Monday, June 25, 2018

Critique of traditional non-surgical, yet operative approaches

Some papers I’ve gathered up, on page 79 of 85 at this link: https://docs.google.com/document/d/1FJ9jWwUIcEr7kJ07DJMitYW3C0nLHJU_cJoO_U2Rx28/edit#


2. Zusman M. Forebrain-mediated sensitization of central pain pathways: 'non-specific' pain and a new image for MT. Man Ther. 2002 May;7(2):80-8.


3. Zusman M. Structure-oriented beliefs and disability due to back pain. Aust J Physiother. 1998;44(1):13-20.


4. Zusman M; The meaning of mechanically induced responses.  Australian Journal of Physiotherapy Volume 40, Issue 1, 1994, Pages 35–39 (FULL TEXT PDF)


6. Lederman E; The myth of core stability. J Bodyw Mov Ther. 2010 Jan;14(1):84-98

7. Hartman SE; Why do ineffective treatments seem helpful? A brief review. Chiropractic & Osteopathy 2009, 17:10 doi:10.1186/1746-1340-17-10 (OPEN ACCESS)


8. Pekka Kuittinen, Petri Sipola, Tapani Saari, Timo Juhani Aalto, Sanna Sinikallio,Sakari Savolainen, Heikki Kröger, Veli Turunen, Ville Leinonen and Olavi Airaksinen.  Visually assessed severity of lumbar spinal canal stenosis is paradoxically associated with leg pain and objective walking ability.  BMC Musculoskeletal Disorders Clinical diagnostics and imaging Volume 15 (OPEN ACCESS)


9. Sutton C, Nono L, Johnston RG, Thomson OP. The effects of experience on the inter-reliability of osteopaths to detect changes in posterior superior iliac spine levels using a hidden heel wedge.   J Bodyw Mov Ther. 2013 Apr;17(2):143-50


10. Pattyn E, Rajendran D. Anatomical landmark position – Can we trust what we see? Results from an online reliability and validity study of osteopaths. Manual Therapy Volume 19, Issue 2, April 2014, Pages 158–164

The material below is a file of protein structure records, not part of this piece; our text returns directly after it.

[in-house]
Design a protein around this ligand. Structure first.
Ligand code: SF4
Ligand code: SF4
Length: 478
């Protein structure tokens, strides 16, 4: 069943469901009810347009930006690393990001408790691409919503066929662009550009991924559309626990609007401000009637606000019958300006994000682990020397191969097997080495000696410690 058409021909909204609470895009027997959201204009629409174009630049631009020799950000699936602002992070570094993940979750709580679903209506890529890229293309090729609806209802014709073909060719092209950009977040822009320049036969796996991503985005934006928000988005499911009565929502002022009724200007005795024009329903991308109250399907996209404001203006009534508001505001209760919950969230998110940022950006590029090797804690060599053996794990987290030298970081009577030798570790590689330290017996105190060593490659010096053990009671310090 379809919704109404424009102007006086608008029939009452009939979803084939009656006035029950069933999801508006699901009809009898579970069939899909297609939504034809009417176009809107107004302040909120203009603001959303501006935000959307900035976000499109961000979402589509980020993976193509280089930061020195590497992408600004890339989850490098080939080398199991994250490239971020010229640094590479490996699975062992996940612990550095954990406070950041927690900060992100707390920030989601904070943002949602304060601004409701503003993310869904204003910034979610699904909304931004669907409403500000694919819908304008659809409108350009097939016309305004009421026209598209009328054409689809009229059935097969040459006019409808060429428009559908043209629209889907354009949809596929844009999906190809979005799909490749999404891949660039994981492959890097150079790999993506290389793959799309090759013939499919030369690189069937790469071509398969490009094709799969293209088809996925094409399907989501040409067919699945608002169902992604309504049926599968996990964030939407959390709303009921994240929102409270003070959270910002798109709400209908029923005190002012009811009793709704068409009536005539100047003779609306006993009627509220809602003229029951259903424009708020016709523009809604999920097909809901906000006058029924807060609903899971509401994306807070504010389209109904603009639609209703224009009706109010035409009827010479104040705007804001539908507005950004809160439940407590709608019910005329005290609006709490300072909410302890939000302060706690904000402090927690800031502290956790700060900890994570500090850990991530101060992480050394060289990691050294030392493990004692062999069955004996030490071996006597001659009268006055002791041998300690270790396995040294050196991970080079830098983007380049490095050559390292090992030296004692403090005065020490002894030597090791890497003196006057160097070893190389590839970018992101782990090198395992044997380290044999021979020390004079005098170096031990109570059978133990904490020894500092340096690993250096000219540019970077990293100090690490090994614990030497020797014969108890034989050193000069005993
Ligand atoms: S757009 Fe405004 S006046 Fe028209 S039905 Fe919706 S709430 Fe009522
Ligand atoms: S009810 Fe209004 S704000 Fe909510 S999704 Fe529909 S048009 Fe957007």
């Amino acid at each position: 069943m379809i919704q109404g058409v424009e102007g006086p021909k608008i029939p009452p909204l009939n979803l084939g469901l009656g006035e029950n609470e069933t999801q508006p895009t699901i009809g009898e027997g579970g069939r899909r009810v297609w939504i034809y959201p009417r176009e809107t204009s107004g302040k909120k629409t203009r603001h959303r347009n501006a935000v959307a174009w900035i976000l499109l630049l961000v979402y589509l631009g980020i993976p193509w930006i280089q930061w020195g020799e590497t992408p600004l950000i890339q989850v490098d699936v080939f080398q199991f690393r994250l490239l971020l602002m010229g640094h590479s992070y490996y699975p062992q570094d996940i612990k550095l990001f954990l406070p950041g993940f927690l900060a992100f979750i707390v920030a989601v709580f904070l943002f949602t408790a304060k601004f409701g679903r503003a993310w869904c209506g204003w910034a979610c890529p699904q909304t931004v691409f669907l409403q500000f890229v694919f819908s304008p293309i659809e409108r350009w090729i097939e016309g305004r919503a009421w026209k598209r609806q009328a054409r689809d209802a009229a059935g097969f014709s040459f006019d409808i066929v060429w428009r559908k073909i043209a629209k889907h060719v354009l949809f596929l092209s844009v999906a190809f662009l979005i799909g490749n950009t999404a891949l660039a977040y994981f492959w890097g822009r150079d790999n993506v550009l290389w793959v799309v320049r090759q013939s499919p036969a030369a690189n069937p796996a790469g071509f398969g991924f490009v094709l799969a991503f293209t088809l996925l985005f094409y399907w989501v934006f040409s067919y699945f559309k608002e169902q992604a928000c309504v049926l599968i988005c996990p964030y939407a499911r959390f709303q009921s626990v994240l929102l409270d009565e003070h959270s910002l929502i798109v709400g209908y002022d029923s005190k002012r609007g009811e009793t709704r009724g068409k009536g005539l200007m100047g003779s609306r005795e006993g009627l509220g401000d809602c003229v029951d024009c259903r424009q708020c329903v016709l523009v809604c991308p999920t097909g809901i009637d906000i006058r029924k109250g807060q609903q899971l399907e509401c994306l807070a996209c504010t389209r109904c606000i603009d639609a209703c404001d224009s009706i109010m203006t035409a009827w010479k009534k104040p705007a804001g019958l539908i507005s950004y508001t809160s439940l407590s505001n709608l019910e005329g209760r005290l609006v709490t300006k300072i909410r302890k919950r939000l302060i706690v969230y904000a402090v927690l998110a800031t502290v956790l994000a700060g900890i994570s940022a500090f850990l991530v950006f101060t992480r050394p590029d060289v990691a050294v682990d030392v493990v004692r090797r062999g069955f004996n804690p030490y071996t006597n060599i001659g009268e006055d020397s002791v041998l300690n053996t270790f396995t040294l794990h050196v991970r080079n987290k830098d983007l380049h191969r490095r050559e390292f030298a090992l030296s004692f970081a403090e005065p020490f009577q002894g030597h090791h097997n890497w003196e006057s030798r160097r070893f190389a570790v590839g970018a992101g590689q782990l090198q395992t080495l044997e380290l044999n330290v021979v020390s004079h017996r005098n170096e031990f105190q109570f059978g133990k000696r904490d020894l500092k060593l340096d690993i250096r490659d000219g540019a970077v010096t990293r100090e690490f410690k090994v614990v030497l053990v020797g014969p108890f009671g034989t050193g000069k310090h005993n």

11. Video, 7:21 Andreo Spina; The easily fooled nervous system: How immediate changes in NS function are misinterpreted Apr. 9, 2015  (I include this because it’s important to stay humble, faced by the overwhelmingly self-corrective capacity of the nervous system in another person. In other words, we shouldn’t let ourselves take credit for successfully interacting with someone else’s nervous system, or as manual therapists, remain married to invasive or unnecessarily violent forms of treatment.)


13. Troyanovich SJ, Harrison DD, Harrison DE. Motion palpation: it's time to accept the evidence. J.Manipulative Physiol Ther. 1998;21:568–571.

14. Tullberg T, Blomberg S, Branth B, Johnsson R. Manipulation does not alter the position of the sacroiliac joint. A roentgen stereophotogrammetric analysis. Spine. 1998;23:1124–1128.


16. Bialosky JE, Bishop MD, Price DD, Robinson ME, George SZ; The mechanisms of manual therapy in the treatment of musculoskeletal pain: a comprehensive model. Man Ther. 2009 Oct;14(5):531-8 (FULL TEXT)

17. Joel E Bialosky, Mark D Bishop, Steven Z George, and Michael E Robinson; Placebo response to manual therapy: something out of nothing? J Man Manip Ther. 2011 Feb; 19(1): 11–19. (FULL TEXT)

18. Diane F Jacobs and Jason L Silvernail; Therapist as operator or interactor? Moving beyond the technique. J Man Manip Ther. 2011 May; 19(2): 120–121. (FULL TEXT)